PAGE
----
I sit writing this under the stars on a beach in Kauai, Hawaii. We have set up a small compound of three tents surrounding a small fire. The waves crash loud and soothing in the distance.
There are six of us, old college friends, visiting Hawaii because two of us (Emily and Andrew) are running the 26.2 miles of the grueling Kauai Marathon. (I use “us” loosely as I am part of the support team.) They have both been training for months and counting down the days to this end-of-summer Hawaiian adventure.
After two six-hour flights, I find myself the farthest west you can go without leaving the country. It feels and looks like the other islands I’ve been to, in the Caribbean. Side note: Spielberg shot most of “Jurassic Park” on this island, and for the first few days of exploring, we take turns getting the theme song stuck in our heads.
We spend those first few days venturing to various beautiful beaches as Emily and Andrew register for the race, drive the route and mentally prepare. We swim with sea turtles and drive up the coast to a beautiful spot called Queens Bath. It’s all got an amazing sense of danger unlike anything I’ve experienced in the rest of the country. There are warning placards many places, and we often hear the refrain “when in doubt, don’t go out.” But beyond that everything seems to be free rein.
Late in the day, the sunset over the Napali Coast is perhaps the most beautiful I’ve ever seen, and the next day we notice that the very same view is captured on a painting hanging in our hotel room.
The weather is perfect for the most part, though the sun is hot, and despite being careful, I get a bit too much of it on my face and back. Emily patiently applies aloe, and I am much more careful over the next few days, feeling at first ridiculous, but then perfectly content in a long sleeve button-up shirt and a silly camo trucker hat that I buy from a Mexican taco stand we visit for burritos.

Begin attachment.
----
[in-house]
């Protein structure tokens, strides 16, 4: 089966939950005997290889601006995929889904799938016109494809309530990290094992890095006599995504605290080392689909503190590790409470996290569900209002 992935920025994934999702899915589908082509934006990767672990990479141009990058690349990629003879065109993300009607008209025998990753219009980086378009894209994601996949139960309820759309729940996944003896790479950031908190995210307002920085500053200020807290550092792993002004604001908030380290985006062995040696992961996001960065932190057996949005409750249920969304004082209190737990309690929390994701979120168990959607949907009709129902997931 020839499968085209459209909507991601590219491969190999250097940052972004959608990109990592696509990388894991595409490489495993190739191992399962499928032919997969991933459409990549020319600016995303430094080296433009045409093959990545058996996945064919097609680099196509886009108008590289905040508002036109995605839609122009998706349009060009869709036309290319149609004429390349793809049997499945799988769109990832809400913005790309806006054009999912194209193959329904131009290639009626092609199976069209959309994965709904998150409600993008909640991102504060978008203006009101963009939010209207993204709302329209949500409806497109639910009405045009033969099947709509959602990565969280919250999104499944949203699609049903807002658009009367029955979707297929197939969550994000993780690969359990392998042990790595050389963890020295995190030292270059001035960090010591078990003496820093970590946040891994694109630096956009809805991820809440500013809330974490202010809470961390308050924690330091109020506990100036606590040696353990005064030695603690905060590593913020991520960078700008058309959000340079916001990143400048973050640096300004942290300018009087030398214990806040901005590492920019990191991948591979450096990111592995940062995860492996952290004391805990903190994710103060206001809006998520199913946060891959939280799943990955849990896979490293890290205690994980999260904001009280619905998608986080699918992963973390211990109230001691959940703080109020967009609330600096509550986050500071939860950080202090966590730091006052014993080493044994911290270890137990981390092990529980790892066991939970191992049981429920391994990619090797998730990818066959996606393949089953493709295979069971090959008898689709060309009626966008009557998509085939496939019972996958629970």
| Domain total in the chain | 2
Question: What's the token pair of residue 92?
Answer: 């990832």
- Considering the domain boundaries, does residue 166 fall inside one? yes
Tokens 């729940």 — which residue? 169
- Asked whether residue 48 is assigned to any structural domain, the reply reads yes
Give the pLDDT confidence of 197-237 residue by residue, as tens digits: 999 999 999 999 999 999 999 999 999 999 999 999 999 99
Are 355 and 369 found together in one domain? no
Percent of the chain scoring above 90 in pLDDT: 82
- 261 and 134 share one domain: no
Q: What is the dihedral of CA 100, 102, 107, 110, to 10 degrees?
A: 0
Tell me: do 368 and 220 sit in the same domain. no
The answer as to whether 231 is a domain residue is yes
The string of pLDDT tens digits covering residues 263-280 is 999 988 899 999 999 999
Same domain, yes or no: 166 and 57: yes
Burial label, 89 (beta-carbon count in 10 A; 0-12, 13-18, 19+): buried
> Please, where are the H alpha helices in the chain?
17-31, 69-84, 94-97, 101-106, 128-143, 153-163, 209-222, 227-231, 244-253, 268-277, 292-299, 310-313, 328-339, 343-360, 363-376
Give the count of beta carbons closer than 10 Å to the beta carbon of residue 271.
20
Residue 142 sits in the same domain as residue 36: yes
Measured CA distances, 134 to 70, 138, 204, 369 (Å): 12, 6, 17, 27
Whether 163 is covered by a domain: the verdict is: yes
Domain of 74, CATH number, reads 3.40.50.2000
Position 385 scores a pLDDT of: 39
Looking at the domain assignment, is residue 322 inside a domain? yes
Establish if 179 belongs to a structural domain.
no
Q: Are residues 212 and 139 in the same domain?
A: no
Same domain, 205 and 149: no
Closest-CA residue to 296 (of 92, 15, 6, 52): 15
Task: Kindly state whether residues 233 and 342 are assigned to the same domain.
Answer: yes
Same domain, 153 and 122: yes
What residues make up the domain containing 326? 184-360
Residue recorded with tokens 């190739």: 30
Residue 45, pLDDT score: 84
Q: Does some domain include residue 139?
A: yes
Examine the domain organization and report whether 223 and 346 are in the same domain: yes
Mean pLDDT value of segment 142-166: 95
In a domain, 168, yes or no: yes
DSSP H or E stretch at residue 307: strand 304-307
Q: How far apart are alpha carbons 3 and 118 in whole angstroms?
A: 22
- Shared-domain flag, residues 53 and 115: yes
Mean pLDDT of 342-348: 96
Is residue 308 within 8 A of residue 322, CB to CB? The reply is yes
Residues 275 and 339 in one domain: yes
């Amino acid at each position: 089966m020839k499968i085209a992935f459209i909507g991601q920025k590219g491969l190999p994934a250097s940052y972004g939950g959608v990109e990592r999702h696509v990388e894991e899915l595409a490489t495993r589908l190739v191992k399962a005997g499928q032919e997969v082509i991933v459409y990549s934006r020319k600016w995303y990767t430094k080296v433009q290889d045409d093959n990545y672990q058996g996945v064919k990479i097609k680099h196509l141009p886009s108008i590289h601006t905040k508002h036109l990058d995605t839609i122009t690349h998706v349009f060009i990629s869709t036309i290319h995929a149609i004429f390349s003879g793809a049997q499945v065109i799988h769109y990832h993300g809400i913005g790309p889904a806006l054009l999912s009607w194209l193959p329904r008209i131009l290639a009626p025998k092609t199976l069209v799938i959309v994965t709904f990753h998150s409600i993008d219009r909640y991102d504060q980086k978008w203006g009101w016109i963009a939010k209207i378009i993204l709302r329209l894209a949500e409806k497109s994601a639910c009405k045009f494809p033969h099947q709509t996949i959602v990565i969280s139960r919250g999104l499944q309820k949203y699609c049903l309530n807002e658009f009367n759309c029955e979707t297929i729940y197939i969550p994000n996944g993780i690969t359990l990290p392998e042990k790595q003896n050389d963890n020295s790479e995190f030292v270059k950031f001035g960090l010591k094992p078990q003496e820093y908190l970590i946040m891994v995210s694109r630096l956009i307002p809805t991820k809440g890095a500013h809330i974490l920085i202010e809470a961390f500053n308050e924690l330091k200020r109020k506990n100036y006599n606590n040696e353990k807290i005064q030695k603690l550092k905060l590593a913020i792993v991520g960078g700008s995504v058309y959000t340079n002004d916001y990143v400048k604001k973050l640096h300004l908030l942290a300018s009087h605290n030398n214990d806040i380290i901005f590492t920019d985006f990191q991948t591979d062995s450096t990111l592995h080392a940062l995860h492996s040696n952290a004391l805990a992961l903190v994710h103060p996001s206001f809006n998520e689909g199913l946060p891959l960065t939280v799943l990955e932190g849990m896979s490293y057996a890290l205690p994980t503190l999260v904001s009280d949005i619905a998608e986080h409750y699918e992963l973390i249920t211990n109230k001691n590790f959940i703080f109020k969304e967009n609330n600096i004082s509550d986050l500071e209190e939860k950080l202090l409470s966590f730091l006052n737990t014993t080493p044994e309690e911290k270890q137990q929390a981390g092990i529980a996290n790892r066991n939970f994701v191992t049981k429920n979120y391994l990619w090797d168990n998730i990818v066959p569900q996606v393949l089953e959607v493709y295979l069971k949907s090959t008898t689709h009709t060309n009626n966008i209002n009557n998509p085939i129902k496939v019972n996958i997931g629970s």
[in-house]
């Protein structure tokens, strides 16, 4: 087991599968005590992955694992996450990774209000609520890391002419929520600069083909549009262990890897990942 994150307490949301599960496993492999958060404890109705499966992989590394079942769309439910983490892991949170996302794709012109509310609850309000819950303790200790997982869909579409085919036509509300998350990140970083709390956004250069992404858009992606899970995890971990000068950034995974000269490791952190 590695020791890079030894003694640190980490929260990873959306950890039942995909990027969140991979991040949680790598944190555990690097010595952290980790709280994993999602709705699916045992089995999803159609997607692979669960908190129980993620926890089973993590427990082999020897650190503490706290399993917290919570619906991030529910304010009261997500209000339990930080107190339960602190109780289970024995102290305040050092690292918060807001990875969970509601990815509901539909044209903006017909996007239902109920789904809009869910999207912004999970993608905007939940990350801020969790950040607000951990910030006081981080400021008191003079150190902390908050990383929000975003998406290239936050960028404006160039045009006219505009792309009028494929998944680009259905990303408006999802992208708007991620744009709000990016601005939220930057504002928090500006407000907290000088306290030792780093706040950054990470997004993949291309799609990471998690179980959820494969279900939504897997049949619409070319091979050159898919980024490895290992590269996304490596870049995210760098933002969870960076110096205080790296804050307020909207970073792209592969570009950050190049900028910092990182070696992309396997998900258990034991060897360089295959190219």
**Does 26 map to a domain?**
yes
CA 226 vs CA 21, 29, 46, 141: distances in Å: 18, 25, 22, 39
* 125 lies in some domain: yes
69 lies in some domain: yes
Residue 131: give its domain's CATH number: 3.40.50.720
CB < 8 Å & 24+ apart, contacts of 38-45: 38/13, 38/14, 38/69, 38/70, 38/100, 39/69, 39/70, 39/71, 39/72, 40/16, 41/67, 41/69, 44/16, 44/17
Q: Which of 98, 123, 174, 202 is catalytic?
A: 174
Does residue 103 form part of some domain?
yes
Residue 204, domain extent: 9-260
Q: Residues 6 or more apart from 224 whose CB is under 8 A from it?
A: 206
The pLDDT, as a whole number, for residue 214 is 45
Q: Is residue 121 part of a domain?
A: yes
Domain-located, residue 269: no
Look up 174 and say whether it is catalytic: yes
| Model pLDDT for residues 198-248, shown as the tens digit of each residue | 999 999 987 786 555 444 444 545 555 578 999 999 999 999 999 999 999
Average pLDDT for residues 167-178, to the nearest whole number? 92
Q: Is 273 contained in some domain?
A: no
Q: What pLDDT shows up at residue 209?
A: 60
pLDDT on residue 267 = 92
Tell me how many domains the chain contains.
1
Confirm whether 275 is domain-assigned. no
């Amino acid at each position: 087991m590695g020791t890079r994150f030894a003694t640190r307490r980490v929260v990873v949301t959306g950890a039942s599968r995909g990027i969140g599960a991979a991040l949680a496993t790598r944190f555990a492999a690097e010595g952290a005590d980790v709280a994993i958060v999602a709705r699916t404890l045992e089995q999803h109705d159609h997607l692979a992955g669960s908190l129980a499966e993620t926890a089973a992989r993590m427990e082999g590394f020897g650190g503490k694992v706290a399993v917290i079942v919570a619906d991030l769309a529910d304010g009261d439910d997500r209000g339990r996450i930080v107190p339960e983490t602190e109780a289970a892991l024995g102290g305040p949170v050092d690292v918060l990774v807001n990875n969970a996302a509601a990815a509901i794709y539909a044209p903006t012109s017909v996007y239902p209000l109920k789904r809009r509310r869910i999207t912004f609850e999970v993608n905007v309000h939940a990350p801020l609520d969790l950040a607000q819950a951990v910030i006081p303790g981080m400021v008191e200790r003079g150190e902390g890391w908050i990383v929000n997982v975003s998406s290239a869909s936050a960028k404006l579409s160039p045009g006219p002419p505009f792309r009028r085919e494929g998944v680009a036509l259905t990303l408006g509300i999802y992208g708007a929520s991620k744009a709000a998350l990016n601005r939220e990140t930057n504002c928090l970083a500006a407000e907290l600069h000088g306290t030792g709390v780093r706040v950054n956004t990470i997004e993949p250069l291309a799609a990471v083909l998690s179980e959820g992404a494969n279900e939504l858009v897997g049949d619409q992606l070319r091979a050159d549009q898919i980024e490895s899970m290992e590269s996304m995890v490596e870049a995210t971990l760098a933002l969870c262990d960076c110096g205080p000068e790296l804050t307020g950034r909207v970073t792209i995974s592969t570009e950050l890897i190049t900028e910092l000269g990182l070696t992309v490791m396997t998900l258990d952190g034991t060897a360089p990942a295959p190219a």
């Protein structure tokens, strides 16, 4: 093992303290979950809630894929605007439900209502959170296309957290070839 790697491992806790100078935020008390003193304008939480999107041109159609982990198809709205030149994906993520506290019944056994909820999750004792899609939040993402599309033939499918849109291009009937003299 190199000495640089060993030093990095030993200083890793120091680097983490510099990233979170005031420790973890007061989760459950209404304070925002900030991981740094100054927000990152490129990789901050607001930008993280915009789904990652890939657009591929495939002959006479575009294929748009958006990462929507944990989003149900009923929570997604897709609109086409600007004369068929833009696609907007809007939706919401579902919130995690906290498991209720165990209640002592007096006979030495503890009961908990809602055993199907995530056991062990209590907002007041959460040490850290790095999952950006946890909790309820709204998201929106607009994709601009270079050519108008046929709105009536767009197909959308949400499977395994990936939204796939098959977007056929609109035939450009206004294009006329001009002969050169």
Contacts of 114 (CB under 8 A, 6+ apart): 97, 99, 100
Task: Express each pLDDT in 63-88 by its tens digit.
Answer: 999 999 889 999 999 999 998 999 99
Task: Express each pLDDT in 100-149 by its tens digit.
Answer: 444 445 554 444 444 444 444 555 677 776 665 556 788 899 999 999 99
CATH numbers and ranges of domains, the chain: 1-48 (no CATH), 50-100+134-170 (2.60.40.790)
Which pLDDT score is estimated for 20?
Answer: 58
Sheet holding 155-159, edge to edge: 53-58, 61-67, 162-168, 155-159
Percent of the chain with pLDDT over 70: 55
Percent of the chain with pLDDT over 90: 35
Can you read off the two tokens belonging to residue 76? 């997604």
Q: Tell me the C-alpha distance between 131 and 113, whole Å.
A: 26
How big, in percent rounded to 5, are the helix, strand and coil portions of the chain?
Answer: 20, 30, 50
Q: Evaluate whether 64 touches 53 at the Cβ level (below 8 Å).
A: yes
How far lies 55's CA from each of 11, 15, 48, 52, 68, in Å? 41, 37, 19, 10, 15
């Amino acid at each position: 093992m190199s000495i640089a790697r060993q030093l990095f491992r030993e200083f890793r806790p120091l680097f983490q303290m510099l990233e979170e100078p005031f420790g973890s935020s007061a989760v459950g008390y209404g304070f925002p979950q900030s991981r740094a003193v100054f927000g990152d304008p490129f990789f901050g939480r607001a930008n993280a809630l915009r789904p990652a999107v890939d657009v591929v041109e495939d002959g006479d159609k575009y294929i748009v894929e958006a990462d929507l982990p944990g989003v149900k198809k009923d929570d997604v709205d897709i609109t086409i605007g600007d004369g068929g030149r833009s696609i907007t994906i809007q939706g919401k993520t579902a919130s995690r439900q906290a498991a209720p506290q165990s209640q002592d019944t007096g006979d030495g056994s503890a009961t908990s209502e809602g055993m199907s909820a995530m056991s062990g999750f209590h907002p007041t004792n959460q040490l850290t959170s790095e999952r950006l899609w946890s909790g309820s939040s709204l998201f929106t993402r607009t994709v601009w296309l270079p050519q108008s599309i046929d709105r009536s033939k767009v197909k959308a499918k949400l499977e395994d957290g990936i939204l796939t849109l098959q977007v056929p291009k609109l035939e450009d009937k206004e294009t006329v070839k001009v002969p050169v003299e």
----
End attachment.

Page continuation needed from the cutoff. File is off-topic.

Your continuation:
The day of the race we wake up early to drive Andrew and Emily to the starting line. I find it completely inspiring to see the runners lined up as the sun starts to peek up over the horizon. At 6 a.m. sharp, the race begins; the crowd moves slowly at first, but gradually picks up, and before we know it, the starting line area is empty.
Standing near mile 11 next to some Hawaiian drummers, we cheer on the runners with Hawaiian chants and a groovy beat. The only recognizable words chanted are a repeated “go go go go.” Andrew passes first and kisses his girlfriend, Sam, as we all cheer and snap photos. It is lightly raining and 15 minutes later Emily smiles and waves as she passes.
We hear much about the hills in the later part of the course, and Andrew alternates back and forth with a fellow runner who passes him on every downhill only for Andrew to overtake him going back uphill moments later. There is a sense of camaraderie palpable in the air, a certain respect that the runners share for each other. It’s a race, sure, but overall they are all in this together; just to finish is quite a feat.
“Here comes number 338, all the way from New York City.” The announcer is having a good time as he calls out each runner’s name as they cross the finish line, and local cheerleaders form a row to welcome the incoming runners.
Andrew finishes 60th in just over four hours, and Emily finishes half an hour later in four hours and 40 minutes with the largest smile on her face I’ve ever seen. It was surprisingly emotional because I know how much hard work went into this moment. I’m so proud of her.
Amazingly, we are back at the beach a few hours later, I’m tired just from watching them run. I don’t know how Emily and Andrew are still standing.